Fermi Gamma-ray Space Telescope

Large Area Telescope (LAT)

The primary interaction of photons in the Fermi energy range with matter is pair conversion. This process forms the basis for the underlying measurement principle by providing a unique signature for gamma rays, which distinguishes them from charged cosmic rays whose flux is as much as 105 times larger, and allowing a determination of the incident photon directions via the reconstruction of the trajectories of the resulting e+e- pairs.

Incident radiation first passes through an anticoincidence shield, which is sensitive to charged particles, then through thin layers of high-Z material called conversion foils. Photon conversions are facilitated in the field of a heavy nucleus. After a conversion, the trajectories of the resulting electron and positron are measured by particle tracking detectors, and their energies are then measured by a calorimeter. The characteristic gamma-ray signature in the LAT is therefore (1) no signal in the anticoincidence shield, (2) more than one track starting from the same location within the volume of the tracker, and (3) an electromagnetic shower in the calorimeter.

The baseline LAT is modular, consisting of a 4 x 4 array of identical towers. Each 40 × 40 cm2 tower comprises a tracker, calorimeter and data acquisition module. The tracking detector consists of 18 xy layers of silicon strip detectors. This detector technology has a long and successful history of application in accelerator-based high-energy physics. It is well-matched to the requirements of high detection efficiency (>99%), excellent position resolution (<60 μm in this design),large signal:noise (>20:1), negligible cross-talk, and ease of trigger and readout with no consumables. The calorimeter in each tower consists of eight layers of 12 CsI bars in a hodoscopic arrangement, read out by photodiodes, for a total thickness of 10 radiation lengths. Owing to the hodoscopic configuration, the calorimeter can measure the three-dimensional profiles of showers, which permits corrections for energy leakage and enhances the capability to discriminate hadronic cosmic rays. The anticoincidence shield, which covers the array of towers, employs segmented tiles of scintillator, read out by wavelength-shifting fibers and miniature phototubes.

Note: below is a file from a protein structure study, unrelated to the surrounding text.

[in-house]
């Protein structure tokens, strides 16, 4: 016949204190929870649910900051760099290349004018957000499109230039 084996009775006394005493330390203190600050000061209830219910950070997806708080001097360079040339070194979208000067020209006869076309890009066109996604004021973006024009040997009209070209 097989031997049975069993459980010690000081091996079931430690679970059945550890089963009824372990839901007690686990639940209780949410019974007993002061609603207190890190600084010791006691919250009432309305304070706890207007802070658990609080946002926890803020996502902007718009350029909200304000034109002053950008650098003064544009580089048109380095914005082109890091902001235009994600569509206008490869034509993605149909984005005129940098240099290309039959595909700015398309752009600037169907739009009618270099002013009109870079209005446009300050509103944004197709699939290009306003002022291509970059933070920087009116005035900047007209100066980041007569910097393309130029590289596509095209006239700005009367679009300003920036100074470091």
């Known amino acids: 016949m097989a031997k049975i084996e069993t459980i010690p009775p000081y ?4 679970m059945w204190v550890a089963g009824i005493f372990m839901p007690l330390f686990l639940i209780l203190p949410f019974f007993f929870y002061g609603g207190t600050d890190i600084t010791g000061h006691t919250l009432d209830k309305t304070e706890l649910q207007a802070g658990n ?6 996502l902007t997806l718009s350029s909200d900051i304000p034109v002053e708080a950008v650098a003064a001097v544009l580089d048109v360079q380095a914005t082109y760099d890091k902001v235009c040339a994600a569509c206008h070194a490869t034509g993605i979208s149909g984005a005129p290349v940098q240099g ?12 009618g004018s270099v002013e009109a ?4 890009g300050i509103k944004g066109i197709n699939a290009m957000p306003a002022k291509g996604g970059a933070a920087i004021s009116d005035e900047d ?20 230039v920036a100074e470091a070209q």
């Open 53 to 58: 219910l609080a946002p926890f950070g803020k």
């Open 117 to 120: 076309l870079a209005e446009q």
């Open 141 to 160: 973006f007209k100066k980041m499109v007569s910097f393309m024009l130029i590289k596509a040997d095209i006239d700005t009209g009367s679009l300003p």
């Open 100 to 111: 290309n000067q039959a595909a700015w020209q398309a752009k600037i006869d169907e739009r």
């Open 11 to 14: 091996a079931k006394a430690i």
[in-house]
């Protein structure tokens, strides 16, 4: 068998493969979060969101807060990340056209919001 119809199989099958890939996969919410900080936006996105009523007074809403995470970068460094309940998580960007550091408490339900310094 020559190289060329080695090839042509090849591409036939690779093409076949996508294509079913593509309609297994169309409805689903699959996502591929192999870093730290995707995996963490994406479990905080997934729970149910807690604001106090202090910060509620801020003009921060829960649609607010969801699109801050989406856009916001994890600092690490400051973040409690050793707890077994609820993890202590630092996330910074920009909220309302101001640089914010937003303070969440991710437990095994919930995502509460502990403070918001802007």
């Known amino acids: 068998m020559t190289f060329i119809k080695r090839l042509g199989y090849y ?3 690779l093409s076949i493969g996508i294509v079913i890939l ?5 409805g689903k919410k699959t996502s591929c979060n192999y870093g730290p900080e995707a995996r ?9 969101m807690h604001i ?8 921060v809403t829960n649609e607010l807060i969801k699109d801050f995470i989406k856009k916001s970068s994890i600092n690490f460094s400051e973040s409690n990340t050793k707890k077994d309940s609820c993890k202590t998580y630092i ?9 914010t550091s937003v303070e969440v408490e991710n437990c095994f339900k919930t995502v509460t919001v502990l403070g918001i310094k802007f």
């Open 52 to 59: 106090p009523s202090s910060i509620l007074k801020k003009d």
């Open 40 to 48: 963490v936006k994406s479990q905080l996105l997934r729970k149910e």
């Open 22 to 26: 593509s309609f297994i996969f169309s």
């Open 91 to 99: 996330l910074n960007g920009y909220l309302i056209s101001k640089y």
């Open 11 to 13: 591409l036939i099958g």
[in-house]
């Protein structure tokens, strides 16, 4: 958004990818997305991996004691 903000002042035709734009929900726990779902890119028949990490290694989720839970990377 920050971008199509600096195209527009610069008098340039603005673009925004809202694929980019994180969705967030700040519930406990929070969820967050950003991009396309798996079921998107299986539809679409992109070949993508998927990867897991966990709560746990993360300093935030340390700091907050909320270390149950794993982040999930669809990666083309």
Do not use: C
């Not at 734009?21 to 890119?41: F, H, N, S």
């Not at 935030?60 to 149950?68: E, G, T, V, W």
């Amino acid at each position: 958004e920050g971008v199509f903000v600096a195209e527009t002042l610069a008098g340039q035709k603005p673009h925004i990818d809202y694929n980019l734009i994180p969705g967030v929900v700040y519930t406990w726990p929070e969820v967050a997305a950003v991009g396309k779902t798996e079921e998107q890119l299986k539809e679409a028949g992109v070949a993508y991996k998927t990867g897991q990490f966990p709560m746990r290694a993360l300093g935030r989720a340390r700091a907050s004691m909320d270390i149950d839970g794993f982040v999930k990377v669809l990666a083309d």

The instrument design is based on detailed computer simulations, validated with tests of prototype towers at particle accelerators. A complete software model of the instrument, including gaps, uninstrumented structural material, noise, inefficiencies and other real-world effects, was constructed using the object-oriented C++ GISMO toolkit. The computer model was used to generate simulated instrument data, and then to develop realistic reconstruction algorithms. The simulations were used to (1) demonstrate the necessary background rejection performance of the instrument, (2) produce realistic triggering and readout schemes, and (3) evaluate and optimize the performance of the instrument (effective area, angular resolution, etc.) after all background rejection cuts and instrumental effects have been taken into account. Accelerator tests of increasingly sophisticated prototype towers were made at the Stanford Linear Accelerator Center (1997 and 1999/2000) and the European Organization for Nuclear Research (CERN) in 1999.

The LAT is self triggered; events that cause detector hits in three planes automatically trigger readouts of each tower and the anticoincidence system. Efficient rejection of the charged particle background, which is thousands of times more intense than the celestial gamma-ray radiation, is essential for Fermi to function. (The expected raw trigger rate in orbit will average a few kHz, and the rate of celestial gamma rays will be a few Hz.) The anticoincidence system is only the first line of defense in identifying cosmic rays that trigger the telescope. As described above, from simulations, other discriminators against charged particles have been developed to further reduce the background level. Some of the discriminators will be applied onboard to reduce the trigger rate to the ~30 Hz rate that can be stored and downlinked.

LAT Specifications and Performance Compared with EGRET

  • Principal Investigator: Peter Michelson, Stanford
  • Si Tracker: Stanford, UCSC, Japan, Italy
  • CsI Calorimeter: NRL, France, Sweden
  • Data Acquisition System: Stanford, NRL
  • Web Site: http://glast.stanford.edu/